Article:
4. A color picture tube according to claim 1, wherein said light absorbing layer is made of graphite.
Description

This is a continuation of application Ser. No. 07/551,008, filed on Jul. 11, 1990, which was abandoned upon the filling hereof.

BACKGROUND OF THE INVENTION

1. Field of the Invention

This invention relates to a color picture tube having an improved phosphor screen.

2. Description of the Related Art

In recent years, a color picture tube called "black matrix type color picture tube" is widely used, in which light absorbing layers fill a guard band region among phosphor dots constituting a phosphor screen. In this color picture tube, light absorbing layer 12 is formed in a predetermined region of panel 2 as shown in FIGS. 2 to 4. Phosphor layers 14 are formed in hole regions 13 partitioned by light absorbing layer 12. As is shown in FIG. 4, phosphor layers 14 not only exist in hole regions 13 but overlap light absorbing layers 12.

Since phosphor layers 14 partially overlap light absorbing layer 12, light emitted from overlap portion 14a of phosphor layer 14 is absorbed by light absorbing layer 12, not contributing to display. This inevitably prevents improvement on that brightness of the phosphor screen.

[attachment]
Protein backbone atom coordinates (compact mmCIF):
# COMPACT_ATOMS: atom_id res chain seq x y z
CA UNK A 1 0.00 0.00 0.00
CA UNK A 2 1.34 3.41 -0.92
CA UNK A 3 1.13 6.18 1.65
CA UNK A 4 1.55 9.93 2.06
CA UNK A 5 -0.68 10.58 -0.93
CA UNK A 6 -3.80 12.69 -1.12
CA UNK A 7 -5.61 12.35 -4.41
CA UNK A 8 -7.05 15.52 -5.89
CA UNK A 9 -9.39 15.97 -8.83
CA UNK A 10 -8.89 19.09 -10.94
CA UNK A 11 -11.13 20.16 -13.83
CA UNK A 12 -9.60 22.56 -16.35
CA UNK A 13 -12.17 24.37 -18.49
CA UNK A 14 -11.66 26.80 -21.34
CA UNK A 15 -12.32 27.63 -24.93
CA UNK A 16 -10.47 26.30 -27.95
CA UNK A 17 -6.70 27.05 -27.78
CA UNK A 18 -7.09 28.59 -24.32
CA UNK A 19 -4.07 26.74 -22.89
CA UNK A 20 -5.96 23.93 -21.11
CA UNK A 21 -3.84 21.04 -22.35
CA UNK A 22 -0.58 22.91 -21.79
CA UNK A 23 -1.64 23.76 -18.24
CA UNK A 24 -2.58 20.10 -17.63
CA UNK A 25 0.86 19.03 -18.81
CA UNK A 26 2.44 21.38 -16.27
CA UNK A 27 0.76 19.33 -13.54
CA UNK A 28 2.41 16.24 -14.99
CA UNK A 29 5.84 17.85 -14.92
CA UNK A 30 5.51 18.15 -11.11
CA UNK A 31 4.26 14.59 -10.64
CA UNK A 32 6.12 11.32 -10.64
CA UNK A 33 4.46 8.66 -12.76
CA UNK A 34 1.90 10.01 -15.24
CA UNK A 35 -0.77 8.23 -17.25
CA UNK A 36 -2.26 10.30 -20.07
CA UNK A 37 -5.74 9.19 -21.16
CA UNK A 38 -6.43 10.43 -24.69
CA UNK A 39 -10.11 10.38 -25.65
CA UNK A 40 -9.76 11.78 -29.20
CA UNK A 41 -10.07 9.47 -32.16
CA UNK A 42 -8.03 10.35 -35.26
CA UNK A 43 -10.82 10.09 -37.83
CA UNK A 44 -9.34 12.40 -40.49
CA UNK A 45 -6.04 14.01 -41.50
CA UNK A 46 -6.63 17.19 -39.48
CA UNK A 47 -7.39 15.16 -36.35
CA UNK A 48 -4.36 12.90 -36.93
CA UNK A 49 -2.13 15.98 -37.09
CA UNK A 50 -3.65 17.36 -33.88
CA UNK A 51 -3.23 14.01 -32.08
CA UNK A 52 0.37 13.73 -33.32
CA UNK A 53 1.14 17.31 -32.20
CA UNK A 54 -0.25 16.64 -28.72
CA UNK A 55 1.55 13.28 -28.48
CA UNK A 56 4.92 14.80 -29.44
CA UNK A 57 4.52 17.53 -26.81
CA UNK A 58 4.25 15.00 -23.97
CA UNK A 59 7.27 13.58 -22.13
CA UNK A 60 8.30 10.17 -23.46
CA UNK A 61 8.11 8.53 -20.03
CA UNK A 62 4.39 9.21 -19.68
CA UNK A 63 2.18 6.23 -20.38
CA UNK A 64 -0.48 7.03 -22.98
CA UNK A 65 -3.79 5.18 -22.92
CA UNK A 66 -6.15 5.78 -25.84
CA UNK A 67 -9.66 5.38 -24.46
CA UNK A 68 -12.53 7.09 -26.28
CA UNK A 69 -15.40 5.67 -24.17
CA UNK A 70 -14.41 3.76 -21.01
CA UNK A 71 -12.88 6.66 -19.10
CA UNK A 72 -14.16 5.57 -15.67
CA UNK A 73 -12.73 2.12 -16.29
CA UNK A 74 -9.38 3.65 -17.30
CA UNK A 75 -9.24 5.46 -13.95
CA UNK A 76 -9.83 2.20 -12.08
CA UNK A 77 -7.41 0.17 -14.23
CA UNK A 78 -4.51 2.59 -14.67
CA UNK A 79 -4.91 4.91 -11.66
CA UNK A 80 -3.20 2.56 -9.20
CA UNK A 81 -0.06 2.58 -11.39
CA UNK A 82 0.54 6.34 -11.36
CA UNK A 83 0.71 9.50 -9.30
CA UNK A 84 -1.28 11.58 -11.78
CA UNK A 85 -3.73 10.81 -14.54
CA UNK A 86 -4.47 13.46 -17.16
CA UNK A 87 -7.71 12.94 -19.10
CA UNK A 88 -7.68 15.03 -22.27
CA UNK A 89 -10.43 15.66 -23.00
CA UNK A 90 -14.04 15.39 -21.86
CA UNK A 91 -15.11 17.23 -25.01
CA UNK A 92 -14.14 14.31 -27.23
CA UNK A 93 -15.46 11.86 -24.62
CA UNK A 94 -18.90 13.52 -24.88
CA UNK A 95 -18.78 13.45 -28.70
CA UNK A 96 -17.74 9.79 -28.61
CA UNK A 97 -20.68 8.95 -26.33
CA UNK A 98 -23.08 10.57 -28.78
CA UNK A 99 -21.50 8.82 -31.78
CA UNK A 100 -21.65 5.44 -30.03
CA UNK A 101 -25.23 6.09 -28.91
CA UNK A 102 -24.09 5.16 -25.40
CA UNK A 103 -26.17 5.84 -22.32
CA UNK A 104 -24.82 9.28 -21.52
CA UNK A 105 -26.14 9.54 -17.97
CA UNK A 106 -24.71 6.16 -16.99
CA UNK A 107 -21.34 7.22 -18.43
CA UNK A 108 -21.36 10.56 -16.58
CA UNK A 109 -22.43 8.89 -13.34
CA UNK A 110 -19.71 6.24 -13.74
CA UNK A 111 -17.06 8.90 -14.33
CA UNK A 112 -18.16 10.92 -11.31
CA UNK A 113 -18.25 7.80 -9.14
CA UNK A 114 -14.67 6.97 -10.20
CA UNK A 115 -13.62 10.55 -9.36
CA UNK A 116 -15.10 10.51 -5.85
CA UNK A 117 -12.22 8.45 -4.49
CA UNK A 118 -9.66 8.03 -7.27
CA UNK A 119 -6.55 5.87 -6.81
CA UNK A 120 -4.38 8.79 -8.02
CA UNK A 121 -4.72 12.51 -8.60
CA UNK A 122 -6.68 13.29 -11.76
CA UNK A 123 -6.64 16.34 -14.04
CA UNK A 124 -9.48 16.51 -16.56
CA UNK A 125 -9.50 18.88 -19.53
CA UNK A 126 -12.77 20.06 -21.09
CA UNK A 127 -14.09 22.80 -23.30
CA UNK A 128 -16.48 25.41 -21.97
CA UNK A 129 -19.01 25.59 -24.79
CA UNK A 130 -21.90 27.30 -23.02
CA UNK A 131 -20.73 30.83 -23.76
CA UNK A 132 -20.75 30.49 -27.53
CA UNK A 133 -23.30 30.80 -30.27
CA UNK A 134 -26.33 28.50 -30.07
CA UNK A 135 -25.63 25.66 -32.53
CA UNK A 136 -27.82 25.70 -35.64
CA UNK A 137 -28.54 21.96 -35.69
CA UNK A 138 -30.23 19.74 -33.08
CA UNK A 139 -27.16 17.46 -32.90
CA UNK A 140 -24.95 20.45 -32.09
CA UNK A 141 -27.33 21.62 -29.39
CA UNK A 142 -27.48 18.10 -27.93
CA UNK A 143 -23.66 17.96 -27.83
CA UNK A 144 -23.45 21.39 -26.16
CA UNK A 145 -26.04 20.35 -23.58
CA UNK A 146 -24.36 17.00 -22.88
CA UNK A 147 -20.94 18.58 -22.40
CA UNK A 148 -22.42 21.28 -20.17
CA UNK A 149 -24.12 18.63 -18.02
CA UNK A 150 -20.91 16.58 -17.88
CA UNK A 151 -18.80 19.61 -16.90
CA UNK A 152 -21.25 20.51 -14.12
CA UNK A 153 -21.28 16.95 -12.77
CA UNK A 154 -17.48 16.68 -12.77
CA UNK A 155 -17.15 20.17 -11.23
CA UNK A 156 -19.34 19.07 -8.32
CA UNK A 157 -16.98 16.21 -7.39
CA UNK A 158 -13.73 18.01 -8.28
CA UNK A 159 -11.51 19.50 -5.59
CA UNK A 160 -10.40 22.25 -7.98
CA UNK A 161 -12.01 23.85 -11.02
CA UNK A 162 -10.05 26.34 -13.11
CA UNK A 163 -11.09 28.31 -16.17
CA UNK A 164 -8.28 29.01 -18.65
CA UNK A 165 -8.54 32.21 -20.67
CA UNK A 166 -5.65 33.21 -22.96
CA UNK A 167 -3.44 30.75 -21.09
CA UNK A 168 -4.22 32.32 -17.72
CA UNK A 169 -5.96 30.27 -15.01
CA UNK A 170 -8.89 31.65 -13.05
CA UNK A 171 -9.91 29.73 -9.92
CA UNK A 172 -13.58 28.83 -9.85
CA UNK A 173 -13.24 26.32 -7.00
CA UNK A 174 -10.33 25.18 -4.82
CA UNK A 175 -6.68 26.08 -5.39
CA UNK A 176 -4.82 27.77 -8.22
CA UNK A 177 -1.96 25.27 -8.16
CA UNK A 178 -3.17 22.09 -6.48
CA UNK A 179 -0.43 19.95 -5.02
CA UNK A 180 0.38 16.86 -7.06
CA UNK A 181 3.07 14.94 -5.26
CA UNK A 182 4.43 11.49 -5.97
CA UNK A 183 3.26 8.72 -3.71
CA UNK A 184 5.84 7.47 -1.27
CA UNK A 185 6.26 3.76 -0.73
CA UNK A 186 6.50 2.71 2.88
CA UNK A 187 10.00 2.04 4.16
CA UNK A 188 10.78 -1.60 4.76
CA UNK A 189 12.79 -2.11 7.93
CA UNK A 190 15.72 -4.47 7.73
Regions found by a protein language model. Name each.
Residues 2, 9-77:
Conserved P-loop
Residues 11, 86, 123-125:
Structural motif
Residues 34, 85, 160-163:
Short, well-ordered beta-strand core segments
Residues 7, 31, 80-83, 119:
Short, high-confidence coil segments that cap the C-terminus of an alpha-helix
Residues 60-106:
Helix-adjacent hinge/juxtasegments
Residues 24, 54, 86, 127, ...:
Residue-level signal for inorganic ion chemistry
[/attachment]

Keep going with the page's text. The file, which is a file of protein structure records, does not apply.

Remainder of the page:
To overcome the drawback, a light absorbing layer having 5 to 40% light absorbance is used as proposed in, for example, Published Unexamined Japanese Patent Application No. 52-74274. This light absorbing layer allows passage of the light emitted from the overlap portion of the phosphor layer, thereby improving brightness. It is true that brightness of the phosphor screen can be improved by the light absorbing layer which transmits light. However, if the light transmittance of the light absorbing layer is too high, the ambient light reflectivity is also high, inevitably lowering the contrast. If the light transmittance is set low so as to suppress the outer light reflectivity, it is difficult to obtain sufficient brightness.

SUMMARY OF THE INVENTION

It is accordingly an object of the present invention to provide a color picture tube by which high brightness is obtained without lowering the contrast.

According to the present invention, there is provided a color picture tube comprising an envelope including a front panel, a phosphor screen formed in the inner surface of the front panel, and an electron gun arranged in the envelope, the phosphor screen including a light absorbing layer having a plurality of holes and phosphor layers formed in the holes so as to partially overlap the light absorbing layer, and the transmittance T of the light absorbing layer, the ratio a of the area of a light emitting region in a portion where the light absorbing layer overlaps the phosphor layers to the area of the phosphor screen, the ratio b of the area of the light absorbing layer to the area of the phosphor screen, and the ratio r of the light emitting region in the holes to the area of the holes satisfying the following relational expression: 1/T≧1/2{(rb/a)-[a/(1-b)r]}.